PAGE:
This month, Shaadi Manouchehri discusses some alternatives to injectables and the importance of providing multiple potential treatment pathways.
As part of the process of obtaining valid informed consent, it is prudent to discuss alternatives to the proposed treatment. Injectable facial aesthetics treatments are possibly the most popular treatment modality amongst dentists starting in the field of aesthetics. However, it’s prudent to be aware of alternatives and to be able to discuss these with clients.
In this article we are going to discuss some of these alternatives.
It may seem obvious that those who attend a consultation to discuss options are interested in treatment. However, this can be a daunting experience for some and they may be apprehensive to begin with. It may be that they’re not quite ready for treatment at least at this point in time.
It is up to the clinician to be able to assess the client and determine suitability. All treatments come with risks and benefits. Some clients may not be ready to take on the risks so not opting for treatment is always an option.
Chemical peels involve applying a solution to the skin to remove dead skin cells and encourage new growth to improve skin texture and tone. These can be categorised into superficial, medium or deep peels.
Superficial and medium peels are relatively straight forward with little to no down time. They usually need to be repeated to see an improvement. Deep peels will involve more risk and downtime but the results are more long lasting.
Dermabrasion is a skin resurfacing procedure where a rapidly rotating device removes the outer surface of the skin encouraging new growth, which is generally smoother. This procedure can address a number of concerns, particularly acne scars, fine lines and age spots.
Multiple treatment sessions may be required to see an improvement. Expect there to be some downtime after this treatment, the skin will be red and sensitive for a few days to weeks and may take up to three months to recover.
This treatment is becoming more and more popular with advancements in the technology of the devices available. Laser resurfacing is the process of emitting thermal energy with a device to encourage the natural healing process of the body.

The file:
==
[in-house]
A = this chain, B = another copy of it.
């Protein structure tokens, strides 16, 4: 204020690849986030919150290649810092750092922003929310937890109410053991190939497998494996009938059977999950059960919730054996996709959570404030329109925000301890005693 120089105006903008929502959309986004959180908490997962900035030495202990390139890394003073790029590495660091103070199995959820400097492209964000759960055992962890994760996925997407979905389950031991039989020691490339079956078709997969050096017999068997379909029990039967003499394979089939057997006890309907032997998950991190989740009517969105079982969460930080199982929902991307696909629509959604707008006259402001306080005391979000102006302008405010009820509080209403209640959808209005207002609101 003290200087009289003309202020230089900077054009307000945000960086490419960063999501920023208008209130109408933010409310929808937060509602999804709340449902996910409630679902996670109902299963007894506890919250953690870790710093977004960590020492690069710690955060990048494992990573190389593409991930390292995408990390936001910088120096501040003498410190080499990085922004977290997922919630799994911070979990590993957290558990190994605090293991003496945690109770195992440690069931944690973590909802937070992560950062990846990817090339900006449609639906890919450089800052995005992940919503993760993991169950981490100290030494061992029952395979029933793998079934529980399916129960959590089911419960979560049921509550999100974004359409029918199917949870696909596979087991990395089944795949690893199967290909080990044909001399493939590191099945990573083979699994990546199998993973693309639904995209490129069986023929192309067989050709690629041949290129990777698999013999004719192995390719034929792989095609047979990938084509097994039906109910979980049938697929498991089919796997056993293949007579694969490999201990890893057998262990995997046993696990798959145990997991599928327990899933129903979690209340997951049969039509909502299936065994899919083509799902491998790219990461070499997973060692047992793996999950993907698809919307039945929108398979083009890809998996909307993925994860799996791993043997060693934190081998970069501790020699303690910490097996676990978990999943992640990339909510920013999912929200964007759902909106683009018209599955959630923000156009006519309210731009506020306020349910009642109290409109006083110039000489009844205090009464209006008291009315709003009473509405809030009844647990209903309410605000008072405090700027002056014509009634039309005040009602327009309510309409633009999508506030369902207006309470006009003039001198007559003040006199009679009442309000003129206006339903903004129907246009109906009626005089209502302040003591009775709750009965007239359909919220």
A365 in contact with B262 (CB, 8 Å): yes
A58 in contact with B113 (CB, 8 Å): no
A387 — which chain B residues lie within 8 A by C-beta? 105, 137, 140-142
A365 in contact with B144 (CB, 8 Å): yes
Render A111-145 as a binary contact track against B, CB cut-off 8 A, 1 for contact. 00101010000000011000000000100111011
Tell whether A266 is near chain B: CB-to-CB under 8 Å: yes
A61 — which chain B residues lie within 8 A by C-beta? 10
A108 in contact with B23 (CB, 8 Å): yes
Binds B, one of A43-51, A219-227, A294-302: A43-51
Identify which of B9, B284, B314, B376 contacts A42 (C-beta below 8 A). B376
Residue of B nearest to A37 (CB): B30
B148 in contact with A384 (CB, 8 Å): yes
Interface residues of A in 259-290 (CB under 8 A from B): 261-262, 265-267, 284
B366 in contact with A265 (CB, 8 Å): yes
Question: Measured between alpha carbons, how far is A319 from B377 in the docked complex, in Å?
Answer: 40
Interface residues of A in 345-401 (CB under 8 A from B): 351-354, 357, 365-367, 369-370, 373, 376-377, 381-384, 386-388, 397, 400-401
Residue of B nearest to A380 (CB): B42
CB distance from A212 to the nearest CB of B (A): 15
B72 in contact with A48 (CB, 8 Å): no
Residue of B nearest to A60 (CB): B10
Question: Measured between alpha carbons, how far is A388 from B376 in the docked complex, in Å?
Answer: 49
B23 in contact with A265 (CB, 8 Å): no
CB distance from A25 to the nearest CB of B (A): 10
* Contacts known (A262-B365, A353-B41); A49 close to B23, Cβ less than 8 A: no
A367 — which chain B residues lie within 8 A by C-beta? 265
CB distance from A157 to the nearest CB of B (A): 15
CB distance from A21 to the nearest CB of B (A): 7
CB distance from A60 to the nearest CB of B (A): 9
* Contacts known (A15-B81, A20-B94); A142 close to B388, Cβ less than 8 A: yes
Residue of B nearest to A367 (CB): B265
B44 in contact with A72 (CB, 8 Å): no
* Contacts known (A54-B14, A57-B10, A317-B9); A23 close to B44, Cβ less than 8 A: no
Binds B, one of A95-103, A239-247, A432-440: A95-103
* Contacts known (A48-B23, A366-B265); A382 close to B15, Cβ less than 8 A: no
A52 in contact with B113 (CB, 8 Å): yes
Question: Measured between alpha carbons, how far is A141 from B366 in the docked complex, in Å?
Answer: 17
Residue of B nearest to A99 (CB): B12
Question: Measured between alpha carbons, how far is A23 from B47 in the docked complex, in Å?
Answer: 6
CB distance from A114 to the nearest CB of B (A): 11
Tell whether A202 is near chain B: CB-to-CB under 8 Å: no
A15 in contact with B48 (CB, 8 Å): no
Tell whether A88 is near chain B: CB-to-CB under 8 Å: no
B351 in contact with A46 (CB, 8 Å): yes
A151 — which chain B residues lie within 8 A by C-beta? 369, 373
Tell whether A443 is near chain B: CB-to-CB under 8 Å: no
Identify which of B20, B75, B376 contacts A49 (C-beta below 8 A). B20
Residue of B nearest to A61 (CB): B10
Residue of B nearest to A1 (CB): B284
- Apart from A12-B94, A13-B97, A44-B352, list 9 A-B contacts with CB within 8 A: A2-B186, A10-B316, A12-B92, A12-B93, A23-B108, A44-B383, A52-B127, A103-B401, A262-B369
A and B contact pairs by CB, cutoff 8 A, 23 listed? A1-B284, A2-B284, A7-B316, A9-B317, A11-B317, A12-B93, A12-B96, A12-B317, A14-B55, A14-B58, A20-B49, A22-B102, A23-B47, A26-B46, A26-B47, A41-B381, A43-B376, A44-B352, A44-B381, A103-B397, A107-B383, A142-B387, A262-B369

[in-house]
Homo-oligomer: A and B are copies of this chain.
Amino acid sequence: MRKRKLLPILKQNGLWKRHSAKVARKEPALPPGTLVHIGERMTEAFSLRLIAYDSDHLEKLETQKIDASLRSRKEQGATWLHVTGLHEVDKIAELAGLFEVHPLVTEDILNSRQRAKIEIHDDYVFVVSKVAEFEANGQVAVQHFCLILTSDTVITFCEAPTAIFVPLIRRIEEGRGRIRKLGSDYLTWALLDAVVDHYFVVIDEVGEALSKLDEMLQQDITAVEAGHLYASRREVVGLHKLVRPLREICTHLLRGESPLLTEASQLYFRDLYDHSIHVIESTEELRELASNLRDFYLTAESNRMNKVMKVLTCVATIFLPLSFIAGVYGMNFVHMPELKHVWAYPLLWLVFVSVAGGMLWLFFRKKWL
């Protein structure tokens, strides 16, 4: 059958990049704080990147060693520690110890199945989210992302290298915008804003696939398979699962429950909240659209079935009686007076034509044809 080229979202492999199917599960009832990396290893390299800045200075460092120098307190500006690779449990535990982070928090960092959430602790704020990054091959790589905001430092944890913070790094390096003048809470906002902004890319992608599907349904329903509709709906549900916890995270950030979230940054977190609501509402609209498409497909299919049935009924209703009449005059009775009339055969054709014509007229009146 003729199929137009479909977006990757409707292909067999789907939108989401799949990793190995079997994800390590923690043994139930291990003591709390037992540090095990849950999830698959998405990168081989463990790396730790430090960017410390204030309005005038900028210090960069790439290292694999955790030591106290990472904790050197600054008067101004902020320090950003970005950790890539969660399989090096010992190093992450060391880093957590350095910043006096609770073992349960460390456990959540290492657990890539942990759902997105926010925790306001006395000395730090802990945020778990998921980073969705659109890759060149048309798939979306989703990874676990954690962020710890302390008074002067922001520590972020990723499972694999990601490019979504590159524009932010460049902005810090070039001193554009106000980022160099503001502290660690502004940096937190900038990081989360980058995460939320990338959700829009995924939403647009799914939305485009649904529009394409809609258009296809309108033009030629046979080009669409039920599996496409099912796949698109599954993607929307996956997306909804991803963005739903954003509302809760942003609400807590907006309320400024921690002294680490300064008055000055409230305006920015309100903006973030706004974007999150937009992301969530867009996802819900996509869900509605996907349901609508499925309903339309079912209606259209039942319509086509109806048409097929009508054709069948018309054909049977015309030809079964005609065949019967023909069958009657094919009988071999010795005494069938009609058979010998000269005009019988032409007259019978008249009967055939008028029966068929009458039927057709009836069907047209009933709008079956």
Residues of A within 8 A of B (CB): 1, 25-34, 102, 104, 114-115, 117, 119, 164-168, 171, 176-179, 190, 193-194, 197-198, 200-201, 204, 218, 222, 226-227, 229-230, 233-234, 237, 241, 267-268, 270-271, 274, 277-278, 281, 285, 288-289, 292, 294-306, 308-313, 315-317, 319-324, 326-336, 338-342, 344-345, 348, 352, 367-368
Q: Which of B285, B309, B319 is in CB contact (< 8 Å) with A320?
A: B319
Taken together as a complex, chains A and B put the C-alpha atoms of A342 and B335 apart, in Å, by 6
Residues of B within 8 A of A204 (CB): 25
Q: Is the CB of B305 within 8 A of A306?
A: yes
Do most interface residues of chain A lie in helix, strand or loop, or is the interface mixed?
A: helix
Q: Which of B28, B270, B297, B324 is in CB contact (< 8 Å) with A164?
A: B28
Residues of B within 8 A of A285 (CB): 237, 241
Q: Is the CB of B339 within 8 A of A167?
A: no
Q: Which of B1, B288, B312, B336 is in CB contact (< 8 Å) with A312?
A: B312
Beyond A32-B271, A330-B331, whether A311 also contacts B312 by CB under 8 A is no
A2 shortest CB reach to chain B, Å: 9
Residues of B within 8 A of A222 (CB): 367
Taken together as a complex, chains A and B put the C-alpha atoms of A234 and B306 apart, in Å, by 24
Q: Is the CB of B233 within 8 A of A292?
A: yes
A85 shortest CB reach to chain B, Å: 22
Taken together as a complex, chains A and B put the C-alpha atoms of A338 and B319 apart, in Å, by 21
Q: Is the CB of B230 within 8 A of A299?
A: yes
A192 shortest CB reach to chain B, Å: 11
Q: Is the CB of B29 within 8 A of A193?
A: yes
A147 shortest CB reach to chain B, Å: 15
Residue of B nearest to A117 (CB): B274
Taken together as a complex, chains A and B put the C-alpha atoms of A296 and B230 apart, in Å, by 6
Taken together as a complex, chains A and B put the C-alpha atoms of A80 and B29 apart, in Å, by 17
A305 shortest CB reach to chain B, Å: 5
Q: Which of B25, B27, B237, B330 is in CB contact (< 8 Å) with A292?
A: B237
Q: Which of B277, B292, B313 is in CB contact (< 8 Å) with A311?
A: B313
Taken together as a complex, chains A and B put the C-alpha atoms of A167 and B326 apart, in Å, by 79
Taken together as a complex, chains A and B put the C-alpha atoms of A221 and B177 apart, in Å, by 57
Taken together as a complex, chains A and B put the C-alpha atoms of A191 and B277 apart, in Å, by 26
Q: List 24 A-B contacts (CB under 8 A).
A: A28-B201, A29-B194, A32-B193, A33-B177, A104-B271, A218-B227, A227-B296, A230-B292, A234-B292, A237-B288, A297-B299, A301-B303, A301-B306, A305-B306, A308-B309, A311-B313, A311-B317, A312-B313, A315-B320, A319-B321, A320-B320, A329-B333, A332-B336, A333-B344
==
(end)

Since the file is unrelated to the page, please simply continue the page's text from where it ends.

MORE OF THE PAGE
Lasers can address fine lines and wrinkles, age spots, scarring and to encourage general improvement in the skin texture and tone. The laser beams will target damaged skin and encourage the natural healing processes of the body to stimulate new collagen production and cell regeneration revealing smoother, glowing skin. Different types of lasers are available which penetrate through more or fewer layers of the skin.
Some concerns can be addressed with a combination of injectables and non-injectables and clients can expect significant improvements in the appearance and quality of the skin. However, some concerns can only be addressed with surgery to see a significant improvement. These include long term skin damage, loss of volume and elasticity as well as loose skin and general signs of ageing.
This is a brief overview of some alternatives to injectables. Of course, you may not be able to offer all of these services yourself or at your clinic but it is important to be aware of them and be able to refer your patients appropriately if they are interested in or suitable for these.
Read more Ironing out the Creases columns:
- What not to do in facial aesthetics marketing
- How to grow your facial aesthetics list
- Dermal filler complications
- Botulinum toxin complications
- Why dentists are suited for facial aesthetics.
Follow Dentistry.co.uk on Instagram to keep up with all the latest dental news and trends.